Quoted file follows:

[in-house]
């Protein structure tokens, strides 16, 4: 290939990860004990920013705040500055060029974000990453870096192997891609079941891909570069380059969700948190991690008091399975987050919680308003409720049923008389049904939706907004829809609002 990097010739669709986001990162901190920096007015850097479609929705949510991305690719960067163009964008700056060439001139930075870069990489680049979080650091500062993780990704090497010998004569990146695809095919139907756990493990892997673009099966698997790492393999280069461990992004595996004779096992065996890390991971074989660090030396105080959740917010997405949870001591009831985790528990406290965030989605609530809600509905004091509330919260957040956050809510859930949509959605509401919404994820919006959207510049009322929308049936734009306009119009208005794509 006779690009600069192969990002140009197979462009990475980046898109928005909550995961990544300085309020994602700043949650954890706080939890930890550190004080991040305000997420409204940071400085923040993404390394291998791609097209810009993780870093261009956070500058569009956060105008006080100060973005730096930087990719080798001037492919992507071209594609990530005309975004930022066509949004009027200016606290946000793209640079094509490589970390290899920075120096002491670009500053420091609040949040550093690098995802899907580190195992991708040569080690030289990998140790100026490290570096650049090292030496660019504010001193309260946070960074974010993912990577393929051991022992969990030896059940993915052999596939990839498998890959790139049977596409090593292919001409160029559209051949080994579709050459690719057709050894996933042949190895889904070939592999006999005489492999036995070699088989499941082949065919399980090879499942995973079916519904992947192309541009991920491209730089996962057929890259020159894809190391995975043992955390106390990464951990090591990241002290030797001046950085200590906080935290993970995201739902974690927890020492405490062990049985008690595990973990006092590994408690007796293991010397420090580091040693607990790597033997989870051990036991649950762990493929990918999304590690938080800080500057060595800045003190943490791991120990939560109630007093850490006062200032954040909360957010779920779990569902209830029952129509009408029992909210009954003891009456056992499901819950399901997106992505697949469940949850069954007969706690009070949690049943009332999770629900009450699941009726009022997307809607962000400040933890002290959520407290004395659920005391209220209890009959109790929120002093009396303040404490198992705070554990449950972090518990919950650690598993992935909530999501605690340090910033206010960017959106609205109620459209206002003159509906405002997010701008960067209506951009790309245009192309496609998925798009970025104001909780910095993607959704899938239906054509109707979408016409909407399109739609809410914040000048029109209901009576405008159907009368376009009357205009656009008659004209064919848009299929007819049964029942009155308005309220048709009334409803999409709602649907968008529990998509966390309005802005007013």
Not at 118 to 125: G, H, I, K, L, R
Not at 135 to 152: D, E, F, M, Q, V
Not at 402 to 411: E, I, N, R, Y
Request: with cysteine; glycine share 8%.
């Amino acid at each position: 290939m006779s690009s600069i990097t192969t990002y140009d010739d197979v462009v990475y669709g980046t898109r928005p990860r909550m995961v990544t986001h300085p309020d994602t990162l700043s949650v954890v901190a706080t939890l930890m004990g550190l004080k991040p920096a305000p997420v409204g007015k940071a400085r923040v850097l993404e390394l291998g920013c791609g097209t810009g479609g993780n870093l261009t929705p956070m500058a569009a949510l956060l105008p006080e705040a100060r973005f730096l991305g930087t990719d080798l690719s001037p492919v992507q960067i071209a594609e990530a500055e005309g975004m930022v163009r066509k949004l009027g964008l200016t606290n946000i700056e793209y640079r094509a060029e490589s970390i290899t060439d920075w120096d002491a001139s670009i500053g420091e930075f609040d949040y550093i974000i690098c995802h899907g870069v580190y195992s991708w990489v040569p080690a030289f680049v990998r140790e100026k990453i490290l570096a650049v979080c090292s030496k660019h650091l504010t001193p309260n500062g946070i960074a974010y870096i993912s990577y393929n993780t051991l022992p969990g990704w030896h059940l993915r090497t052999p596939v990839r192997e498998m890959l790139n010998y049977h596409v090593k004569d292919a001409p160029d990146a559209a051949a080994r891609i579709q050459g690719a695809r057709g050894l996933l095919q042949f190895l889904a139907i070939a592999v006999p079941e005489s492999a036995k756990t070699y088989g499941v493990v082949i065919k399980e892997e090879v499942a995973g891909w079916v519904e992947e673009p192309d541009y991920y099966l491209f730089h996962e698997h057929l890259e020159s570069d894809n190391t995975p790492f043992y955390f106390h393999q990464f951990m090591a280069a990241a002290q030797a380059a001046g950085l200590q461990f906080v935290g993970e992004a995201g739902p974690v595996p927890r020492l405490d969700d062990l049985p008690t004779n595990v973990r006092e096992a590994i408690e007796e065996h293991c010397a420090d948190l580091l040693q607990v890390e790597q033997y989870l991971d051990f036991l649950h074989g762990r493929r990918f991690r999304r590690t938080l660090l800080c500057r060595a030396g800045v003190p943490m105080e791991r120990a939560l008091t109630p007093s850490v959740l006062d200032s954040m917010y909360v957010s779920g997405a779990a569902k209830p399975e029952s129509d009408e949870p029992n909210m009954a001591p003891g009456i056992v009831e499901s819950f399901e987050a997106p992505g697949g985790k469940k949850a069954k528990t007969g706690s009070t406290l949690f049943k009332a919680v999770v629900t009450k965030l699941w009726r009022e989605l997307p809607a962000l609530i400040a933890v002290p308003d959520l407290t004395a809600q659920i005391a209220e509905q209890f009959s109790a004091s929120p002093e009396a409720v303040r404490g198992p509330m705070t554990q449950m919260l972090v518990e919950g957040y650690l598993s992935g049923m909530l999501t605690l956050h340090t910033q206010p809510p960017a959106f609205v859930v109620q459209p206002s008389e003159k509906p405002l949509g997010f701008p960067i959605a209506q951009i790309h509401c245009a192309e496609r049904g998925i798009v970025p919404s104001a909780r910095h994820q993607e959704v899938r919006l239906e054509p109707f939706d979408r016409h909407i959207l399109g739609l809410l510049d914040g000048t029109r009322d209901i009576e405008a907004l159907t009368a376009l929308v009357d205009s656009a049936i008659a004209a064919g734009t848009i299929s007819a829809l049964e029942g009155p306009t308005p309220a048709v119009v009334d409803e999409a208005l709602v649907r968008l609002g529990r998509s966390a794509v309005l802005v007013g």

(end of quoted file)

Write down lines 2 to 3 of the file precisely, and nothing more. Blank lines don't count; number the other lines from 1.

């Protein structure tokens, strides 16, 4: 290939990860004990920013705040500055060029974000990453870096192997891609079941891909570069380059969700948190991690008091399975987050919680308003409720049923008389049904939706907004829809609002 990097010739669709986001990162901190920096007015850097479609929705949510991305690719960067163009964008700056060439001139930075870069990489680049979080650091500062993780990704090497010998004569990146695809095919139907756990493990892997673009099966698997790492393999280069461990992004595996004779096992065996890390991971074989660090030396105080959740917010997405949870001591009831985790528990406290965030989605609530809600509905004091509330919260957040956050809510859930949509959605509401919404994820919006959207510049009322929308049936734009306009119009208005794509 006779690009600069192969990002140009197979462009990475980046898109928005909550995961990544300085309020994602700043949650954890706080939890930890550190004080991040305000997420409204940071400085923040993404390394291998791609097209810009993780870093261009956070500058569009956060105008006080100060973005730096930087990719080798001037492919992507071209594609990530005309975004930022066509949004009027200016606290946000793209640079094509490589970390290899920075120096002491670009500053420091609040949040550093690098995802899907580190195992991708040569080690030289990998140790100026490290570096650049090292030496660019504010001193309260946070960074974010993912990577393929051991022992969990030896059940993915052999596939990839498998890959790139049977596409090593292919001409160029559209051949080994579709050459690719057709050894996933042949190895889904070939592999006999005489492999036995070699088989499941082949065919399980090879499942995973079916519904992947192309541009991920491209730089996962057929890259020159894809190391995975043992955390106390990464951990090591990241002290030797001046950085200590906080935290993970995201739902974690927890020492405490062990049985008690595990973990006092590994408690007796293991010397420090580091040693607990790597033997989870051990036991649950762990493929990918999304590690938080800080500057060595800045003190943490791991120990939560109630007093850490006062200032954040909360957010779920779990569902209830029952129509009408029992909210009954003891009456056992499901819950399901997106992505697949469940949850069954007969706690009070949690049943009332999770629900009450699941009726009022997307809607962000400040933890002290959520407290004395659920005391209220209890009959109790929120002093009396303040404490198992705070554990449950972090518990919950650690598993992935909530999501605690340090910033206010960017959106609205109620459209206002003159509906405002997010701008960067209506951009790309245009192309496609998925798009970025104001909780910095993607959704899938239906054509109707979408016409909407399109739609809410914040000048029109209901009576405008159907009368376009009357205009656009008659004209064919848009299929007819049964029942009155308005309220048709009334409803999409709602649907968008529990998509966390309005802005007013």
Not at 118 to 125: G, H, I, K, L, R